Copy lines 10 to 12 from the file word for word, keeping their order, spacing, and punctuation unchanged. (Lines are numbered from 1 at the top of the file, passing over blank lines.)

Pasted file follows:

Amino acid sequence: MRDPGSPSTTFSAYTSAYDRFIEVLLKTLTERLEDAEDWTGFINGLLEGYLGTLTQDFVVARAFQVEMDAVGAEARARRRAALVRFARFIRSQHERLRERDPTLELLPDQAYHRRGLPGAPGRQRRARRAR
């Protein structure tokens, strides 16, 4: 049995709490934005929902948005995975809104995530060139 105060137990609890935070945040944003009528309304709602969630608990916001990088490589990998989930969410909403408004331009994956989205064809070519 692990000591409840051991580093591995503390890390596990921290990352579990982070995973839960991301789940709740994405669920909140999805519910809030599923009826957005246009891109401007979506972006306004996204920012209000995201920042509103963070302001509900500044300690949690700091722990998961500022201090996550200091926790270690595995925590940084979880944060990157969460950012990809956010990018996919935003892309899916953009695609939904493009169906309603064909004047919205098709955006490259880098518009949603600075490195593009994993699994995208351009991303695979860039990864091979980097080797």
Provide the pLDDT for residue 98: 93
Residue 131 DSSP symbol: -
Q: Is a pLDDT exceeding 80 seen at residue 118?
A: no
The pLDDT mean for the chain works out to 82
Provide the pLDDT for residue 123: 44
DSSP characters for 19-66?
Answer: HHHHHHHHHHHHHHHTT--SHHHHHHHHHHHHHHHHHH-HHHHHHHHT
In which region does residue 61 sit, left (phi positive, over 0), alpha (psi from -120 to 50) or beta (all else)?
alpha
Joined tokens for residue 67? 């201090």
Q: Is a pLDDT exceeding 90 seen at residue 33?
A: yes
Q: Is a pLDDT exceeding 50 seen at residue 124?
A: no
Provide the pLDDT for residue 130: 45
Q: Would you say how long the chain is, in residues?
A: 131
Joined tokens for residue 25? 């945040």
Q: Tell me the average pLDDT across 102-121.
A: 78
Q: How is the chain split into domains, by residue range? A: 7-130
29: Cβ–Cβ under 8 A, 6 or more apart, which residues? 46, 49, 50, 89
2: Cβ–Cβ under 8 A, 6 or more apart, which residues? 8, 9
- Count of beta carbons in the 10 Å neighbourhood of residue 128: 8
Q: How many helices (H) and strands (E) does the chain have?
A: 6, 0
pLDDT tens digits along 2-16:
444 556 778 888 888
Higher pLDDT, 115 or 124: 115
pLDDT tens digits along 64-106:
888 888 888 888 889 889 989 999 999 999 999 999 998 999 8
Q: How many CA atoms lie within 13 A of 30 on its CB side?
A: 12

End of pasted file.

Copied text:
Answer: HHHHHHHHHHHHHHHTT--SHHHHHHHHHHHHHHHHHH-HHHHHHHHT
In which region does residue 61 sit, left (phi positive, over 0), alpha (psi from -120 to 50) or beta (all else)?
alpha